5 things you need to know now
5 things you need to know now
  • Trump ousts inspector general overseeing coronavirus relief spending

  • Acting Navy secretary resigns over ouster of ship captain

  • New York coronavirus deaths surpass 9/11 total but may be plateauing

  • White House press secretary reportedly replaced by Trump campaign spox

  • Twitter CEO Jack Dorsey pledges $1 billion to coronavirus relief

President Trump has removed the inspector general tasked with overseeing how the federal government's coronavirus relief package is spent. After Trump signed $2.2 trillion in federal spending, a panel of inspectors general from across Cabinet departments were tasked with ensuring it was distributed and spent as intended. The panel chose Defense Department Inspector General Glenn Fine as its chair, but Trump ousted him from the department on Monday, thus removing him from the Pandemic Response Accountability Committee. A Pentagon spokesperson on Tuesday confirmed he was removed both from office and the committee. Trump designated EPA Inspector General Sean O'Donnell as the Pentagon's temporary IG and head of the accountability committee, and nominated Jason Abend, a senior policy adviser at U.S. Customs and Border Protection, to fill Fine's role.

Source: Politico

Defense Secretary Mark Esper accepted the resignation of Acting Navy Secretary Thomas Modly on Tuesday after a Sunday recording revealed him mocking Navy Capt. Brett Crozier. Modly dismissed Crozier from his post on the U.S.S. Theodore Roosevelt after Crozier sounded the alarm about COVID-19 spread on the ship, with Modly citing "a loss of trust and confidence." Modly addressed Crozier's former crew on Sunday, and they recorded and leaked him calling Crozier "too naive or too stupid" to lead the ship. Modly had only been in his position for a few months after Esper fired former Navy Secretary Richard Spencer in November.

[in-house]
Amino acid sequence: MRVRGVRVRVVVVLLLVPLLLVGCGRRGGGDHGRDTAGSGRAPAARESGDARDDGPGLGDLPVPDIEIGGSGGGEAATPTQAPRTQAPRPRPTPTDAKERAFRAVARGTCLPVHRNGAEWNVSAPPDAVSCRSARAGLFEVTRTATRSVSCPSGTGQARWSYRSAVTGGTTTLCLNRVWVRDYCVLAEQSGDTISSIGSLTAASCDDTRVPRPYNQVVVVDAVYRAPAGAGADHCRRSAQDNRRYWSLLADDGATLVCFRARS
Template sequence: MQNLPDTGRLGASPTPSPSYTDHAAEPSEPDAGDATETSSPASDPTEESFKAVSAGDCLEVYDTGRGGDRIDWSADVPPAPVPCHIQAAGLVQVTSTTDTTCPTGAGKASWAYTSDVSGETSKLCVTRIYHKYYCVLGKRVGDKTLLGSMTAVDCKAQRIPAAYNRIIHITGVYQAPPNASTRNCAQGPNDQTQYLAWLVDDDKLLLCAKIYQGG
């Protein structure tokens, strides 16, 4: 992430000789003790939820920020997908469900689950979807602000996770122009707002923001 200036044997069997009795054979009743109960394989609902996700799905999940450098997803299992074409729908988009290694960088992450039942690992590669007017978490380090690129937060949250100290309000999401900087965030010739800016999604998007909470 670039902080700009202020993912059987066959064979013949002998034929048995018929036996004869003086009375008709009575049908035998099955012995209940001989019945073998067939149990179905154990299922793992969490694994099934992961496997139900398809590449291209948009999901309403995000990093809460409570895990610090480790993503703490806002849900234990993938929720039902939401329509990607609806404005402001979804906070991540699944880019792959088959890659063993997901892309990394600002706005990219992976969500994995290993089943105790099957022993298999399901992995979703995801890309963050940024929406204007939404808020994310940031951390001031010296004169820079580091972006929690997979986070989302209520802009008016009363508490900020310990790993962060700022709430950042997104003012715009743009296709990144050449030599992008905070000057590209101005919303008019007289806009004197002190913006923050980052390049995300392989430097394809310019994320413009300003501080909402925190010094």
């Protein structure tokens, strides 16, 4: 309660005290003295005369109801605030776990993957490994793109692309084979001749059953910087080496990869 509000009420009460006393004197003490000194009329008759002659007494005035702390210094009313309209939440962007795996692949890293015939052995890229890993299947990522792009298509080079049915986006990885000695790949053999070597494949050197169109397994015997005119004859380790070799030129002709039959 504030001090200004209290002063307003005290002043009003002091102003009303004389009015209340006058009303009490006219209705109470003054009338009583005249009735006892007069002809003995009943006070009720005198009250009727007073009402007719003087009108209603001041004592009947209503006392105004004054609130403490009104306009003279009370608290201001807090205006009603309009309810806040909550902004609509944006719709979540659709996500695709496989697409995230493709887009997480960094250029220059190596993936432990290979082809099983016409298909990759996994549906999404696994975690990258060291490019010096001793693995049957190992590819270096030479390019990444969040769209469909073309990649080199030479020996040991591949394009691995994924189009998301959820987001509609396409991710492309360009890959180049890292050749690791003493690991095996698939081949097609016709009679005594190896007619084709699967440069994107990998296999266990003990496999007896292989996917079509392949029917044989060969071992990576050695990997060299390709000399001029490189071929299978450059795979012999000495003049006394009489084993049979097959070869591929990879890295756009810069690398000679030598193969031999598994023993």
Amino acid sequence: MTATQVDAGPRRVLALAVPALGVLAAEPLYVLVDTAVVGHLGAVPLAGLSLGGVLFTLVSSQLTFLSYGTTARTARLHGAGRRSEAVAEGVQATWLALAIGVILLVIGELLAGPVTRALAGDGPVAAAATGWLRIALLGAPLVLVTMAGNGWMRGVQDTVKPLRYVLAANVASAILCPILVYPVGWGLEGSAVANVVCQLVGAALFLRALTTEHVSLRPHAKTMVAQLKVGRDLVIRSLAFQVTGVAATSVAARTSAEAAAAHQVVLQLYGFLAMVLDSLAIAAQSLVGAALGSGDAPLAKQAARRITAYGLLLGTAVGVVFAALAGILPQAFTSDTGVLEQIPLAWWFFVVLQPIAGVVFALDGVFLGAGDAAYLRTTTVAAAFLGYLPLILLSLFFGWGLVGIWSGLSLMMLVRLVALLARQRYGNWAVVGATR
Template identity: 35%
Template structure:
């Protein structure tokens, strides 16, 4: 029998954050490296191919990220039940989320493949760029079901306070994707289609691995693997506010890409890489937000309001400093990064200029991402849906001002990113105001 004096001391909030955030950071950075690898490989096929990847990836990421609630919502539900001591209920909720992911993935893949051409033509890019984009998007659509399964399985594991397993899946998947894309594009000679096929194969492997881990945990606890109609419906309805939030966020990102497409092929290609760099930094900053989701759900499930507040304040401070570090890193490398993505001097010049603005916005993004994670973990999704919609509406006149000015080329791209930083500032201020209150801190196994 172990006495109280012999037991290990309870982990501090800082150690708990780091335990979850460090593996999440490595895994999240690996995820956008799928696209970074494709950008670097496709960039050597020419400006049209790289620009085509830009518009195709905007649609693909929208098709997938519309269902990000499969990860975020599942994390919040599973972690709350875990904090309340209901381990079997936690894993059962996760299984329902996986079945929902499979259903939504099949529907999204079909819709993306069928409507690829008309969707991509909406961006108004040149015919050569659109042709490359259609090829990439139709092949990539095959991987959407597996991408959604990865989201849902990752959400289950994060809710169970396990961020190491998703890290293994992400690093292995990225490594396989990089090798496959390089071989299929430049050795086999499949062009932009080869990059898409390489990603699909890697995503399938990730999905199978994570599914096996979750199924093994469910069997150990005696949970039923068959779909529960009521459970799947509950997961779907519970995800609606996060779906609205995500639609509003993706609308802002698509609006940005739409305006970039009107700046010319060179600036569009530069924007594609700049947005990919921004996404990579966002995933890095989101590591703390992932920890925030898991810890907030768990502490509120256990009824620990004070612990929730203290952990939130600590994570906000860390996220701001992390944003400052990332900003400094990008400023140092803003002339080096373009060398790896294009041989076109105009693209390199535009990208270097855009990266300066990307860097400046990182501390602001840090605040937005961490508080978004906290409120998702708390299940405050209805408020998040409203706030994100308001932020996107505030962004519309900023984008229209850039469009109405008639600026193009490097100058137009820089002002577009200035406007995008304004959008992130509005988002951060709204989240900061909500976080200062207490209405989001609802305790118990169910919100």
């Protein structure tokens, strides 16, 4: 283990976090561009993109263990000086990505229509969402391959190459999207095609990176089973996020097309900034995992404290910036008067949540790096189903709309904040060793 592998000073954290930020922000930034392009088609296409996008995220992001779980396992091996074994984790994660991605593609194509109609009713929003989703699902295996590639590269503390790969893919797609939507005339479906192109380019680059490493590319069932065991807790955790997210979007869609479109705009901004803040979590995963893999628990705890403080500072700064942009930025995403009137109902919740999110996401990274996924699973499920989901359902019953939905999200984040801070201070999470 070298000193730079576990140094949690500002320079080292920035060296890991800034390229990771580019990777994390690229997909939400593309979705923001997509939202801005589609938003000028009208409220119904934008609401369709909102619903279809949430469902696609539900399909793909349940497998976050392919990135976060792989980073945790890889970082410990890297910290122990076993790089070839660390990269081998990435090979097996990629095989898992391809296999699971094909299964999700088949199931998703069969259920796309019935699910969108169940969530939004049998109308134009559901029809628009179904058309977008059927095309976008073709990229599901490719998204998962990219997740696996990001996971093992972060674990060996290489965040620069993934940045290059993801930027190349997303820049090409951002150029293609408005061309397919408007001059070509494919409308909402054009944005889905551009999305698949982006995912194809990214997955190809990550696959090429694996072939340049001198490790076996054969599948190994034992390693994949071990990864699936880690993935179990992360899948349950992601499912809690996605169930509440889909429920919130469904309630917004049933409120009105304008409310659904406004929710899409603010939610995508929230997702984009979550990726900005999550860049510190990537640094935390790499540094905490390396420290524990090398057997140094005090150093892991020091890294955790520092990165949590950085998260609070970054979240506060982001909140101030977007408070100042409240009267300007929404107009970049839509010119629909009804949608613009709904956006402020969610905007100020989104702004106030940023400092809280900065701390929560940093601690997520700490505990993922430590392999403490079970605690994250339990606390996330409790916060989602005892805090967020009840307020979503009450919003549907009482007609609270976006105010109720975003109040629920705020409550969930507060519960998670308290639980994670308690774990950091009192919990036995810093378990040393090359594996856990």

Source: CNN, Politico

On Tuesday, New York Gov. Andrew Cuomo (D) reported that 727 people had died of the new coronavirus in the past day in New York City, bringing the official death toll in the city to 3,202. That's the highest one-day death toll the city has seen yet, and brings the total beyond the number of people who died in New York City during the 9/11 terrorist attacks. New York remains the hardest hit state by the coronavirus, with 138,836 confirmed cases and 5,489 deaths so far. However, ICU admittance numbers are dramatically down across the state, from 395 people admitted on Friday to 89 on Monday. New hospitalizations were up on Monday, but the average of new hospitalizations over the past three days was also down, suggesting the increase is nearing a plateau, Cuomo said.

Source: NBC News

White House Press Secretary Stephanie Grisham is leaving her post, and will reportedly be replaced by Kayleigh McEnany, the national press secretary for President Trump's 2020 campaign. Grisham will reportedly return to the East Wing where she'll become the chief of staff to first lady Melania Trump. Grisham's departure comes as former Rep. Mark Meadows replaces Mick Mulvaney as President Trump's chief of staff and "shakes up" the White House communications team. Meadows reportedly clashed with Grisham. In her nine months on the job, Grisham never once held a press briefing. McEnany is known for forcefully defending Trump on network news.

Source: CNN, The New York Times

Twitter CEO Jack Dorsey is putting a massive $1 billion toward coronavirus relief, he announced on Tuesday. Dorsey said he's moving $1 billion of his equity in Square, the mobile payments company he's also the CEO of, to an LLC called Start Small, which will provide funding to global COVID-19 relief efforts. "After we disarm this pandemic, the focus will shift to girl's health and education, and UBI," Dorsey added. Dorsey, who said the $1 billion is about 28 percent of his wealth, also shared a sheet that he said will keep track of the donations. Amazon CEO Jeff Bezos recently said he'd give $100 million to aid food banks in the pandemic. But Dorsey's donation, Recode wrote, is "the country's most significant private gift to tackling the coronavirus and its consequences."

Source: Recode
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